How do we think about strength?

I. Don’t think so. Anymore…

“Strength is the Ultimate attribute.”  

“Strength is a glass; everything else fills it.”

I’ve heard multiple people make those statements, and I honestly don’t know who to give credit to as the originators – so, for that, I apologize.  

For a long time, I believed both of those and until very recently when I gave it a lot of thought those two tenants guided a lot of what I did every day.

But, I’ve changed.  They are great quotes that stick in your head, but when I begin to really think about them, I realized they were both missing something.  These sayings don’t fall short because strength isn’t important.  In fact, its the opposite – these one-liners fall short because they undervalue strength.  Let me explain.

If I said that the ultimate training tool was the barbell would you agree or disagree?  If I said that bodyweight training was the glass, and all other training filled it up would you agree or disagree?


Hearing that strength is the ultimate attribute leads to a giant misconception that further leads to programming errors that lead to problems.  This belief leads those that are less experienced and that don’t fully understand how strength develops to blindly and single-mindedly focus on strength only.  Troll around social media for about 10 seconds, and you will find the never-ending argument to the question of “which is better being strong or moving well?”  Those that believe strength is the ultimate attribute will argue for strength above anything else.  It’s a chicken and egg discussion – you need both to make a great meal.  And a steak.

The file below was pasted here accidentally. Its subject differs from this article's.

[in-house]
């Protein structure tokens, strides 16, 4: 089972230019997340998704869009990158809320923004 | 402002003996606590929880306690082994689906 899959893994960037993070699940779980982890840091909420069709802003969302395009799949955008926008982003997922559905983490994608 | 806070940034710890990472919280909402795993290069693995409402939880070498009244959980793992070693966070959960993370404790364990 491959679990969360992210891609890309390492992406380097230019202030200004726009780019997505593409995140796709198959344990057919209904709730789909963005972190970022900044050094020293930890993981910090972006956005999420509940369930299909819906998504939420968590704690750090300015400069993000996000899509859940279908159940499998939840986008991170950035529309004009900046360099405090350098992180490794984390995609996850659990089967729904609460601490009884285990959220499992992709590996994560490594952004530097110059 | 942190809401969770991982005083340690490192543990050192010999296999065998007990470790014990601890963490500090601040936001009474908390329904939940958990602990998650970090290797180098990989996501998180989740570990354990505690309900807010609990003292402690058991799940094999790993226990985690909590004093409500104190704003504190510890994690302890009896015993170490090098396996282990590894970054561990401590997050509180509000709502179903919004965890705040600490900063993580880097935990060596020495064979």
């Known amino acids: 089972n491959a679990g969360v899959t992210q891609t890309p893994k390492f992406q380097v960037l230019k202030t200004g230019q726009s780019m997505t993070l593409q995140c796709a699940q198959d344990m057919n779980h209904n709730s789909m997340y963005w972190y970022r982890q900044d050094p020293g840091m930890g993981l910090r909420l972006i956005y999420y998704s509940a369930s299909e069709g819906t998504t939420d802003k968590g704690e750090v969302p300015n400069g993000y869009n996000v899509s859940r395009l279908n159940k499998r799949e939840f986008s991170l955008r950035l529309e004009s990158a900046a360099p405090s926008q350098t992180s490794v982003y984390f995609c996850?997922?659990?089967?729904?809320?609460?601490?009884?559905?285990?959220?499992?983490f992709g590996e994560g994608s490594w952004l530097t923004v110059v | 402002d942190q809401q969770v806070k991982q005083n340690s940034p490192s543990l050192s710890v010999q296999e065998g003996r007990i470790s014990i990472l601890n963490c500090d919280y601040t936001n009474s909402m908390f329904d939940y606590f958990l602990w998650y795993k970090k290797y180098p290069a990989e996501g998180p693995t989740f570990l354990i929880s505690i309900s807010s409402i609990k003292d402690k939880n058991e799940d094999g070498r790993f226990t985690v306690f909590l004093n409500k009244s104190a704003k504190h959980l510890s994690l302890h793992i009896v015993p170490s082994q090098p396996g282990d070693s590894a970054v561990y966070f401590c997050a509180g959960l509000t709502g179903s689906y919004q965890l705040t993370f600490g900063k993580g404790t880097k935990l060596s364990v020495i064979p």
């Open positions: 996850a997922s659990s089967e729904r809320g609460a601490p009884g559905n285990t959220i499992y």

Strength is a fundamental attribute, but saying it is the ultimate misses a lot of other attributes that actually will increase strength – for example:

  1. Better tissue quality will improve the contractile ability of the muscles, which will lead to increased strength.
  2. Better mobility will lead to a greater ROM which will lead to increased strength.
  3. A better warm-up will make for a better work out.
  4. A better recovery strategy will allow the body to turn that work in the gym to increased strength via the muscular adaptations that follow.